Type: Economics
Pages: 4 | Words: 994
Reading Time: 5 Minutes

Gender is crucial for the understanding of the health of the community. The two sexes i.e. males and females are affected differently by illnesses and have different health needs. There is need for research in order to develop better health services for both groups. Previously it has been argued that the male dominance in the society has undermined the necessity of proper women health services (Momsen, Pg 13). Hence governments advocated for a change in the health policies in order to favour women health. Men also need specific health interventions that take care of their gender. For instance gender roles have influenced men to take risk with their health in order to remain dominant and prevalent. For example indulgence in dangerous behaviours such as smoking (Momsen, Pg 43). In the past it has been argued that women have less control over health policies and programmes. Political, micro-economic, and socio-cultural factors may create inequalities. The woman’s biological and social cultural factors may also exacerbate the situation.

China is a developing country, with a basic state policy of ensuring equal gender equality which was adopted in 1949. The state has routinely and continuously developed policies that protect and uphold women rights. They have also developed outlines for women development. This has guaranteed equal employment to both women and men which has led to sharing of economic resources. Research in India showed that women education contributed to 8% decline in fertility. Basically education has a dynamic influence in fertility. As the study shows north India had increased fertility levels among the illiterate women whereas this was contrary to the south (Momsen, Pg 56).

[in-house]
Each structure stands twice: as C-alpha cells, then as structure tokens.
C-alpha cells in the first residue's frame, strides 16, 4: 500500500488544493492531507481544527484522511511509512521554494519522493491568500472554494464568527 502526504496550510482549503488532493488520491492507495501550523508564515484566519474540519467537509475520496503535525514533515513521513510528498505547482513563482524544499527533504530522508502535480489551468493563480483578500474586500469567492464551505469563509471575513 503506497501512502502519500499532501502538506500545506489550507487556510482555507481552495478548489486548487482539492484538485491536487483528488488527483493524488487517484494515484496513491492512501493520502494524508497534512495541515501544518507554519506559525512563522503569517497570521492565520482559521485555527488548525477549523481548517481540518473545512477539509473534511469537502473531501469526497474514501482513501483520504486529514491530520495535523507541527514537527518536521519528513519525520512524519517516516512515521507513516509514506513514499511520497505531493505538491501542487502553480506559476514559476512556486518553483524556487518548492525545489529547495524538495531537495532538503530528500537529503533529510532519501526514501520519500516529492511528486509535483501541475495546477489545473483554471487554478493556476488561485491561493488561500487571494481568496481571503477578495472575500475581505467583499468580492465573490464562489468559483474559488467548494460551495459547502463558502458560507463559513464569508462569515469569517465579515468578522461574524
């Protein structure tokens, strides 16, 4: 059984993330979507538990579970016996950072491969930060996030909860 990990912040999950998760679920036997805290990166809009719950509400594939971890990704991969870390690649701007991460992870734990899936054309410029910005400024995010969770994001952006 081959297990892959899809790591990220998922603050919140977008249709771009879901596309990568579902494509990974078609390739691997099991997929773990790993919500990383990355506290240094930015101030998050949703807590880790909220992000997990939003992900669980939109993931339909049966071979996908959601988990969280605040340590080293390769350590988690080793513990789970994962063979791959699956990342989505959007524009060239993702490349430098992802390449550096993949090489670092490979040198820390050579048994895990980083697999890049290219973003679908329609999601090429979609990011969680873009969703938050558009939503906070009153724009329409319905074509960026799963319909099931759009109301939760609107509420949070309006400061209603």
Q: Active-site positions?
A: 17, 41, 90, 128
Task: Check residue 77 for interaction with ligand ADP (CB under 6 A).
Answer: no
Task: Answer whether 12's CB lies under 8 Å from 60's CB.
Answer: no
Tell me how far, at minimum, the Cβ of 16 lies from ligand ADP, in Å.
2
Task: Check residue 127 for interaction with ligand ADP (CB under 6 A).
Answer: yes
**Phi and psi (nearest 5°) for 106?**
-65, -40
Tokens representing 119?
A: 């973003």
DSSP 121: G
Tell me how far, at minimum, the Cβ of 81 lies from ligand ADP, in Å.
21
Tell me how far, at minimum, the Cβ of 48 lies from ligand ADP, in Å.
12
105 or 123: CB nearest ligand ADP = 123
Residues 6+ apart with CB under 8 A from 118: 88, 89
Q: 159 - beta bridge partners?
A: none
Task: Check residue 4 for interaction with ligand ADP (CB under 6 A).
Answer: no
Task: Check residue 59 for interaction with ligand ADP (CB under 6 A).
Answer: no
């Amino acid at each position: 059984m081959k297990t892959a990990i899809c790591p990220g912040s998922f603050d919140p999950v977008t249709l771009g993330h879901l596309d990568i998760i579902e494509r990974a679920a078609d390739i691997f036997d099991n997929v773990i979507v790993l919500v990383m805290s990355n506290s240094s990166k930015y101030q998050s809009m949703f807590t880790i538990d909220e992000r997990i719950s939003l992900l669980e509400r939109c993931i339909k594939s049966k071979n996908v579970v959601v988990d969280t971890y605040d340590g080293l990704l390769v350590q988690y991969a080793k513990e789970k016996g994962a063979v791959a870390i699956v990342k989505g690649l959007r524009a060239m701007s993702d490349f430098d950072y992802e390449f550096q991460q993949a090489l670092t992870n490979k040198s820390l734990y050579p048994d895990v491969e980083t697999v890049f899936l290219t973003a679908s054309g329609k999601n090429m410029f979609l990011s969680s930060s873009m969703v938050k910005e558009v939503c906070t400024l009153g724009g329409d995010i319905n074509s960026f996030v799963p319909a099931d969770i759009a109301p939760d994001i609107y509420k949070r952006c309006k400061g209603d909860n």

Development can be measured through economic and non economic means. Economic measures of development include use of Gross Domestic Product (GDP), per capital income, infrastructure and resource inputs to production (Todaro & smith pg4). The non economic measures of development include political stability, education levels, infrastructure and health and Nutrition.


Latest data

GDP (Current US $) (billions)



GNI per capita, Atlas method (Current US$)



External debt stocks(% of GNI)



Life expectancy at birth total(Years)



Population total(Millions)



Population growth (Annual %)



School enrolment, primary(% net)



Surface area Sq km(thousands)



The above example shows the development details of Brazil a developing country showing how different parameters are compared to measure development (Todaro & smith pg30). The United States economy is the largest in the world. It has maintained a steady growth with a stable GDP growth rate. Employment levels are also low which explains the high per capita income. The United States economy is most influential in the global financial market.

The United Kingdom also represents a developed capitalist economy and is the third largest in Europe with a GDP of 2.674 trillion in the year 2OO8.The GDP growth is 0.3%. The country has been dominant because it was the first to industrialise. This is made up by the economies of England, Scotland, Wales and Northern Ireland (Todaro & smith pg55).